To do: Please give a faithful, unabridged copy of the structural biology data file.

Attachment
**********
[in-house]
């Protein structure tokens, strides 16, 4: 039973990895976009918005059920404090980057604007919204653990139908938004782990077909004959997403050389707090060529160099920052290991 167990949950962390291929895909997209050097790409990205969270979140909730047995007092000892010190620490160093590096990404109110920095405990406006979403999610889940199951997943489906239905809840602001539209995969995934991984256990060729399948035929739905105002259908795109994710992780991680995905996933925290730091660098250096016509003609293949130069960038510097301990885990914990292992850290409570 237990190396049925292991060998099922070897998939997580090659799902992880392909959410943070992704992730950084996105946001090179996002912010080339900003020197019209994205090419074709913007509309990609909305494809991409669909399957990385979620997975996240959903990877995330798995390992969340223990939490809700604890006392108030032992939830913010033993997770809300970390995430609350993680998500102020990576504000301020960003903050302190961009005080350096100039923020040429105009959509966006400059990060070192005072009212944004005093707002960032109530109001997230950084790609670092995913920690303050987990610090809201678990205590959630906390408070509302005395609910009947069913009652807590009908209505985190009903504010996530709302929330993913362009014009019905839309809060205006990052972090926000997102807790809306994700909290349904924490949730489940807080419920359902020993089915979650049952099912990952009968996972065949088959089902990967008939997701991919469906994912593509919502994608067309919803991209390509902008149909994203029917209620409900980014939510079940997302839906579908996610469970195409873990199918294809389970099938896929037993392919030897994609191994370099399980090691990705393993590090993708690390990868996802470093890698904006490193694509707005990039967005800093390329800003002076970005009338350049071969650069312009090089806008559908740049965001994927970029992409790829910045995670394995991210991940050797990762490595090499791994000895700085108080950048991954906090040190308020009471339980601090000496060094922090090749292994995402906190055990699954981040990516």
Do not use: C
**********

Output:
[in-house]
């Protein structure tokens, strides 16, 4: 039973990895976009918005059920404090980057604007919204653990139908938004782990077909004959997403050389707090060529160099920052290991 167990949950962390291929895909997209050097790409990205969270979140909730047995007092000892010190620490160093590096990404109110920095405990406006979403999610889940199951997943489906239905809840602001539209995969995934991984256990060729399948035929739905105002259908795109994710992780991680995905996933925290730091660098250096016509003609293949130069960038510097301990885990914990292992850290409570 237990190396049925292991060998099922070897998939997580090659799902992880392909959410943070992704992730950084996105946001090179996002912010080339900003020197019209994205090419074709913007509309990609909305494809991409669909399957990385979620997975996240959903990877995330798995390992969340223990939490809700604890006392108030032992939830913010033993997770809300970390995430609350993680998500102020990576504000301020960003903050302190961009005080350096100039923020040429105009959509966006400059990060070192005072009212944004005093707002960032109530109001997230950084790609670092995913920690303050987990610090809201678990205590959630906390408070509302005395609910009947069913009652807590009908209505985190009903504010996530709302929330993913362009014009019905839309809060205006990052972090926000997102807790809306994700909290349904924490949730489940807080419920359902020993089915979650049952099912990952009968996972065949088959089902990967008939997701991919469906994912593509919502994608067309919803991209390509902008149909994203029917209620409900980014939510079940997302839906579908996610469970195409873990199918294809389970099938896929037993392919030897994609191994370099399980090691990705393993590090993708690390990868996802470093890698904006490193694509707005990039967005800093390329800003002076970005009338350049071969650069312009090089806008559908740049965001994927970029992409790829910045995670394995991210991940050797990762490595090499791994000895700085108080950048991954906090040190308020009471339980601090000496060094922090090749292994995402906190055990699954981040990516």
Do not use: C